Love and Sex with Robots by David Levy is very sanguine about the idea that we may, in the near future, not only use lifelike robots as sex toys but actually fall in love with them - quite literally. Now I suppose it's possible that we could create robots that are just as much conscious, intelligent beings as we are, and if so I don't see any obvious reason why they couldn't be appropriate objects of love and partners in sex. I don't think, for example, that all sex should be procreative. There may or may not be other reasons to avoid creating conscious artificial beings - hey, we've all seen the Terminator movies (some of us ... ahem ... have even written material for the Terminator franchise) - but the inappropriateness of falling in love with conscious robots isn't one of them. Well, at least it's not high on my list.
Moreover, I'm disinclined to see carbon as a magic element. Assuming, as I do, that consciousness supervenes causally on the functioning of certain complex material things, such as human brains (and, I don't doubt, the brains of many other animals), there's still a question as to exactly what is required for consciousness. I'm betting that it's going to be to do with structure and functioning rather than the actual material involved, so, in principle, there could be conscious things made of other sorts of stuff than carbon compounds. If so, it seems possible in principle, however difficult it may be in practice, to make robots that are conscious, even though they will be made of different materials from our brains. (Once again, forget for the moment whether it's a good idea all things considered.)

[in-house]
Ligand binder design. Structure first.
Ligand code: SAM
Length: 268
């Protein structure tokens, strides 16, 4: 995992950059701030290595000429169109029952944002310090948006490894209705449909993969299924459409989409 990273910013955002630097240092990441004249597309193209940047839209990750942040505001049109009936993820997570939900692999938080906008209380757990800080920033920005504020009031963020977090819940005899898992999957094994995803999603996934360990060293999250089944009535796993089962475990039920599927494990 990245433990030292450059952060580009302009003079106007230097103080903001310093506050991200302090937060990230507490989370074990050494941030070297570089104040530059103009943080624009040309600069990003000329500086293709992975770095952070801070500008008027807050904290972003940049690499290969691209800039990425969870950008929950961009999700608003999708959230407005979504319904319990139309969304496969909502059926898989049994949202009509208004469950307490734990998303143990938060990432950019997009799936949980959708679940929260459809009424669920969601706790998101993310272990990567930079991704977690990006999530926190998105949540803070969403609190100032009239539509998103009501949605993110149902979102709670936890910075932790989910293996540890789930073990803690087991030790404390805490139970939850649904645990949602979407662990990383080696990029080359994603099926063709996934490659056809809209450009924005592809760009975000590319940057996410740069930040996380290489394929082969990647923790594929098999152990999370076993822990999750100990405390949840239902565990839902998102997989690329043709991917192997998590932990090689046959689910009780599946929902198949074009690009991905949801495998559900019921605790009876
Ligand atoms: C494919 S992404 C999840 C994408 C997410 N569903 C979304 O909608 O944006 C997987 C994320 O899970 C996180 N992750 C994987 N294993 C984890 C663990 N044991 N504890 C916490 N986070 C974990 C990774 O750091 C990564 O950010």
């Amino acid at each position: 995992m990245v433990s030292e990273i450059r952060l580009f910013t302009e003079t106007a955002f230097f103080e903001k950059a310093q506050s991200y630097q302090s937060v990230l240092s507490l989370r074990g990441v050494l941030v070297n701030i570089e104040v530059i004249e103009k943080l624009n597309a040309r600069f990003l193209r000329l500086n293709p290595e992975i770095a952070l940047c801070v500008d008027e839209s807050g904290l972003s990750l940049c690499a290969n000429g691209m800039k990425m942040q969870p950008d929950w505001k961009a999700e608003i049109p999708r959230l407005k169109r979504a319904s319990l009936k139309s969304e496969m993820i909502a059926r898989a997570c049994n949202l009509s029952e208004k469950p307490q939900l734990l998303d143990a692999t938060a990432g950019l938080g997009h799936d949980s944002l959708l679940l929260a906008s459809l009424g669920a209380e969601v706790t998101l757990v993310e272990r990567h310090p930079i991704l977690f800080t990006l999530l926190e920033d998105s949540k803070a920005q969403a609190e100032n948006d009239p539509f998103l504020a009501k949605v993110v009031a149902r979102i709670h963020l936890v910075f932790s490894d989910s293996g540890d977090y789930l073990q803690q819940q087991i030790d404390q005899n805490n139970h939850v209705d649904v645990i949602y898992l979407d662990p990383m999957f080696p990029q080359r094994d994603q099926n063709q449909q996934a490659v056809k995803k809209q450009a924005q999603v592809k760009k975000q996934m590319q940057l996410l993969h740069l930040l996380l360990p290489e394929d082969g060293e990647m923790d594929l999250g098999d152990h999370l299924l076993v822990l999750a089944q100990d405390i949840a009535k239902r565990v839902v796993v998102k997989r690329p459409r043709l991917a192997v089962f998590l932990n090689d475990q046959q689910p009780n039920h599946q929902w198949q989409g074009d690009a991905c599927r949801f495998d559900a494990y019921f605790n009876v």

The problem is, Levy isn't talking about robots of such intricacy as to match our brains and to possess whatever sort of structure and functioning we eventually decide (though how?) is necessary for consciousness. The robots he's talking about will pass the Turing Test for practical purposes - they will be programmed to profess feelings, including feelings of love, with such plausibility that it will be natural for ordinary people to believe them. Fine, I don't necessarily care if people are willingly deceiving themselves ... though it can become a complicated argument. But I'm aghast at the idea that we should accept that the feelings are real as long as they seem so.
Again, it might turn out that we can't create a robot that can pass the Turing Test, administered by someone truly expert, without that robot actually having the consciousness it professes to have (it will need to talk about its feelings and experiences if it's probed by even a moderately sophisticated interlocutor). That might turn out to be correct, I suppose, because a robot that can maintain a probing conversation with an expert interlocutor will have to very sophisticated and complex indeed. It will need to use language in highly novel and complex ways, and to discuss deep emotional responses to things that it can't know about in advance.
But Levy isn't talking about a machine that has some kind of structural equivalent to our tens of billions of neurons, connected intricately. From his description, he could be talking about something much simpler. Programmers will be able to use other methods to fool us, taking advantage of our tendencies to anthropomorphise. In that case, we could end up creating robots that are not conscious at all but give a very good impression of actually having the feelings they report. They might not stand up to interrogation by an expert, but they might sound sincere to the rest of us. After all, think how uncommunicative real people can often be. Surely uber-skilled programmers of love-and-sex robots could do better than that.
The mere ability of future programmers to fool us, in relevant situations, that we're dealing something with real feelings does not entail that feelings are really present, and I'm somewhat surprised at the suggestion that we will and should blithely act as if it does. If I'm right on this, a lot of Levy's book is far more problematic than he acknowledges or apparently realises. He's suggesting we fall in love with things that give a plausible appearance of loving us back but have no actual feelings for us or anything else. And when it's put that way, I doubt that it's what many of us want.